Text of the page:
'Cool Runnings' is total nonsense, but it's also the best sports movie ever made
Peace be the journey
Cool Runnings isn’t only better than any other sports movie, it’s better than sports. The story of the Jamaican bobsled team’s journey to the 1988 Winter Olympics is as charming, inspiring, heartbreaking and hilarious as films get, despite being almost totally bollocks.
The film follows three Jamaican sprinters who miss out on the chance to compete in the 1988 Summer Olympics after one of them falls and takes the other two down with him. Desperate to represent their country, they put aside their differences, team up with a funny Rastafarian friend and recruit a disgraced former champion bobsledder to train them in that very un-Jamaican sport. They head to the Winter Olympics and hilarity ensues.
It’s really good, genuinely inspiring and surprisingly near the knuckle for a Disney movie (at one point one of the lead characters, Junior, smashes a beer bottle over someone’s head and it’s a bit of character development). The five central performances - Leon, Doug E. Doug, Rawle D. Lewis and Malik Yoba as the bobsledders, and the late, great John Candy as their washed-up coach - are magnificent, damn near every line is quotable (“I am feeling very Olympic today!” “I see pride! I see power! I see a badass mutha who don’t take no crap off of nobody!” “I’ll pay you a dollar to SHUT UP!”), and it’s just a good old time, start to finish. There are wholesome lessons about teamwork, competition and being true to oneself (“If we walk Jamaican, talk Jamaican, and is Jamaican, then we sure as hell better bobsled Jamaican”), a running joke about an egg, and it’s just fun. So much fun, all the way through.
The ending is heartbreaking and beautiful, a completely sincere paean to the spirit of competition. Jamaica’s knackered old bobsled crashes (real footage of the crash is used in the film), but the crew are determined to finish the race, so lift it onto their shoulders and walk the track, proud and dignified even in defeat, as a slow clap turns into a mighty crescendo of applause. The closing text - “the Jamaican bobsled team returned to their country as heroes. Four years later they returned, as equals” - can bring a tear to the eye of even the most cynical of viewers.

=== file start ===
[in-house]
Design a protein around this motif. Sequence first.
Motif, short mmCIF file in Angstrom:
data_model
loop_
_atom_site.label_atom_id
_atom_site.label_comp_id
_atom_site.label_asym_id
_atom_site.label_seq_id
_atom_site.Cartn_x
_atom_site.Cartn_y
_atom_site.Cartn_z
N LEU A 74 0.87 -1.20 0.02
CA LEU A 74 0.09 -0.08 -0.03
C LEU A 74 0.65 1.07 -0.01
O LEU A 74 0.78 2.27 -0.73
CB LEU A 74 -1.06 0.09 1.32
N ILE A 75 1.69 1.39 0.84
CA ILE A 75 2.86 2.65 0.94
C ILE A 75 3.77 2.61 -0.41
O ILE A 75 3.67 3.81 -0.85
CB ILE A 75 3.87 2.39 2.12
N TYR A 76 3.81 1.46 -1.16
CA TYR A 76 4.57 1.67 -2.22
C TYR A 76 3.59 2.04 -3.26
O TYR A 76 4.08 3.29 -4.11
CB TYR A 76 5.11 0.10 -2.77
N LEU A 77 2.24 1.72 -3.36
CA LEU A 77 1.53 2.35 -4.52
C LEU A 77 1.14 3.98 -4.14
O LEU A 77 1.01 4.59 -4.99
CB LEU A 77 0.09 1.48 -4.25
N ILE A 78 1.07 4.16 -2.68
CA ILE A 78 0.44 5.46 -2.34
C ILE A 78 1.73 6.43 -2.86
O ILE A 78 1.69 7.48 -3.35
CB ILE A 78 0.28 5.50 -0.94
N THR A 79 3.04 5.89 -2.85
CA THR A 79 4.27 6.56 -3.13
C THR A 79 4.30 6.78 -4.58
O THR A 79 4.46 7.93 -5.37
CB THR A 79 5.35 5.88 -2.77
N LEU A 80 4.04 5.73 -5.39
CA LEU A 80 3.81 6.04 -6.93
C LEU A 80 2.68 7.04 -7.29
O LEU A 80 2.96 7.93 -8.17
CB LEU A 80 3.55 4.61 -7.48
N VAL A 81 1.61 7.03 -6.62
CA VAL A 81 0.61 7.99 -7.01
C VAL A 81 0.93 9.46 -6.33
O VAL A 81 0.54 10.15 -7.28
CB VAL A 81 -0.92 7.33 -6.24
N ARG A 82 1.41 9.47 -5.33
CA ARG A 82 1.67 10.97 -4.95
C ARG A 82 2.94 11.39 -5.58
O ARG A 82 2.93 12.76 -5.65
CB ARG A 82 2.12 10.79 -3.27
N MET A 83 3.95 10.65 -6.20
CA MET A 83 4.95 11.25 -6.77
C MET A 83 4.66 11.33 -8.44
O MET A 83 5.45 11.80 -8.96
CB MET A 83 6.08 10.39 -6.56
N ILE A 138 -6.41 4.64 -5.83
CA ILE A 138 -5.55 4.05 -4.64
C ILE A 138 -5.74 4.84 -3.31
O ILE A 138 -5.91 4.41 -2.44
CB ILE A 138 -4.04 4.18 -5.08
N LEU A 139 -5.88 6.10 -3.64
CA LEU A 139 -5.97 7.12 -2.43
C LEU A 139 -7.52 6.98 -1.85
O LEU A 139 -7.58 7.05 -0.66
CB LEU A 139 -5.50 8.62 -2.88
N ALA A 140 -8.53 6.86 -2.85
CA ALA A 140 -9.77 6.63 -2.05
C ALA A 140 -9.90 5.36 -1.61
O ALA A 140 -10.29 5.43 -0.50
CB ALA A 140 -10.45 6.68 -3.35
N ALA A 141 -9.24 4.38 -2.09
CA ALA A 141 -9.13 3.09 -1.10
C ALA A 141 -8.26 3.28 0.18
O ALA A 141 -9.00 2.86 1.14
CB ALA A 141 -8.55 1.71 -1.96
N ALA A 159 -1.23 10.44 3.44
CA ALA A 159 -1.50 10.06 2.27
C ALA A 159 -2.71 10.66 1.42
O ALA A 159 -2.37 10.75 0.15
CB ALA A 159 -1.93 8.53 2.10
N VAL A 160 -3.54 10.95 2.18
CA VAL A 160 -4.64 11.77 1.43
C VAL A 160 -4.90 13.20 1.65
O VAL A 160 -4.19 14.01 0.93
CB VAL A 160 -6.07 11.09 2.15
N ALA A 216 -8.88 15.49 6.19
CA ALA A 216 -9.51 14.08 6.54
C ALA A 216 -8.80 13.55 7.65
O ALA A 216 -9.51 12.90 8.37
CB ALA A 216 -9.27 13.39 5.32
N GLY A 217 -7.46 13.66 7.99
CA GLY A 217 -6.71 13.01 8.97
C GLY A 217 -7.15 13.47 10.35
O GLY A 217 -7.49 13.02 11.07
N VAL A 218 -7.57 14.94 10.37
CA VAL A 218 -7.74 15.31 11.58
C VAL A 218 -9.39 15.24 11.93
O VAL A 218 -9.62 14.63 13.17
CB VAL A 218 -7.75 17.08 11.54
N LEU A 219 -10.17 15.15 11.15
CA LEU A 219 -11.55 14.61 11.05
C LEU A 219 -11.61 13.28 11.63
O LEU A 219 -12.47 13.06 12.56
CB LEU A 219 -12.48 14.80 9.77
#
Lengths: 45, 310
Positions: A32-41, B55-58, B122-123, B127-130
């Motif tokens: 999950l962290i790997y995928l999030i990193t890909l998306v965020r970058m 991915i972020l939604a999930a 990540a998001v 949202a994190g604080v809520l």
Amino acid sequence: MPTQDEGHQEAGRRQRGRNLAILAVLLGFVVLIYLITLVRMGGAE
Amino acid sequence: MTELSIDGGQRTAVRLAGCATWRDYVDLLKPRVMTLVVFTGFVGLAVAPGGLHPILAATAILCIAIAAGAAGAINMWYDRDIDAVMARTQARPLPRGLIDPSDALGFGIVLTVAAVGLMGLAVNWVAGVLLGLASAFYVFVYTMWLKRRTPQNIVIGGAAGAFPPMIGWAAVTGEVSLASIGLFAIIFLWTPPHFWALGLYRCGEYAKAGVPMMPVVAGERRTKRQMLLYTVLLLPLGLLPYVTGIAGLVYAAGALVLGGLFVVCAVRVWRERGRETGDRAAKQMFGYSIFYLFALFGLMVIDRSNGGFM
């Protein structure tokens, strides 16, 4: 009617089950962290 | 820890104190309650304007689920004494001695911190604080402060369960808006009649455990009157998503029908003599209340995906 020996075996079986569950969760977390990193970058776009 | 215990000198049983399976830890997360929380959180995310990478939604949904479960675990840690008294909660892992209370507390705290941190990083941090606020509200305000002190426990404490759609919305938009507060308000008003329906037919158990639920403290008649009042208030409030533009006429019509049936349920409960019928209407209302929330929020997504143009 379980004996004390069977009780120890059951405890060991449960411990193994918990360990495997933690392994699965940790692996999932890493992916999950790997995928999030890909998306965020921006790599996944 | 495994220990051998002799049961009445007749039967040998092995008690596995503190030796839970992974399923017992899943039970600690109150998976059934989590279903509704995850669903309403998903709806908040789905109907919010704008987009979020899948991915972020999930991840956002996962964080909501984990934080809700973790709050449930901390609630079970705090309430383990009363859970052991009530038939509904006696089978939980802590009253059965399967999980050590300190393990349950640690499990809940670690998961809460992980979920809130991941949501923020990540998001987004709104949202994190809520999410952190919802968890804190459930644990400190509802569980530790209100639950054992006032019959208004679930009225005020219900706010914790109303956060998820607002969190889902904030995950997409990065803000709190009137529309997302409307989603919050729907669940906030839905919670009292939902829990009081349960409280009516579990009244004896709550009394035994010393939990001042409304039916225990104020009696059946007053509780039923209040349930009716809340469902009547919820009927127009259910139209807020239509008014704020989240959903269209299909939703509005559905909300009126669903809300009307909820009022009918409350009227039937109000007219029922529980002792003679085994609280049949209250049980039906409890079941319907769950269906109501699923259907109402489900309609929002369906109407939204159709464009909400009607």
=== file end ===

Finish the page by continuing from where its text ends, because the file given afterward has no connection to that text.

It’s all bollocks, of course. In reality, the Jamaican team were welcomed to the 1988 Games with open arms, with another team even lending them a bobsled. Rather than failed sprinters doing it on their own, the team was recruited from the Air Force. They fared poorly because they weren’t very good at bobsledding, and even if they hadn’t crashed, were on course to come dead last. Pretty much everything about the Games themselves is inaccurate, from the structure of the bobsledding competition to the made-up organisation in charge of it. It’s also, uh, called bobsleighing - they only call it bobsledding in America.
Even when setting its historical inaccuracies aside, it’s not a perfect film. There are only about six women in it, including “comedy old lady one of the main dudes has to kiss, ew, gross” and “comedy really strong lady one of the main dudes loses to in arm-wrestling, ew, humiliating”. The white-saviour element of the story is definitely problematic, even given said saviour’s status as a fat drunken disgrace, and some reviewers saw the film as outright racist.
A 2014 Slate piece has the extremely unambiguous headlineCool Runnings Was Not Good, and It Is Definitely Not a “Cult Classic”. Last August - although this is hardly the film’s fault - police in Abaraeron launched an investigation after a carnival float featured four white morons blacking up in what was at best an idiotically misguided attempt to pay tribute to the film. This in turn led to the worst take on the movie on the whole internet, the Wales Art’s Review’s determination that the film’s main characters are “parochial, idiotic, lazy, sexually animalistic, products of an endemic island drug-culture” (there are no drugs in the film, the closest anyone comes to being ‘sexually animalistic’ is the suggestion that Derice likes kissing, lazy people don’t tend to be champion sprinters or feature in lengthy training montages, and only one of the four characters is an idiot, which pretty much lines up with societal norms. You haven’t watched the film, you big twat).
It could obviously have done a better job of not being racist - say, by featuring an actual Jamaican person in one of the lead roles rather than three New Yorkers and a Trinidadian, and more black people behind the scenes rather than the four white writers and white director. Disney executives also had concerns about Jamaican accents. “If it was up to Disney, there would be no accents at all,” Rawle D. Lewis (Junior) later told Empire. “They were so worried about it selling to the Midwest that they kept telling us to tone it down. Every time we went too Jamaican, they were like, ‘Woah, woah! Back off!’”
The ‘90s was the era of the black gangster film, of Spike Lee and John Singleton, Boyz N the Hood and New Jack City. The vast majority of the black-led films that got funded were tales of drugs, gangs and crime. “Cool Runnings was this movie with four black lead characters, and was sort of positive and inspirational,” said Lewis. The cast staged a minor mutiny when director Jon Turteltaub had an idea for scene where they put a spliff in a snowman’s mouth, not wanting to damage the film with negative stereotypes. “I think he might concede, we did perfectly well without that scene,” reflected Doug later.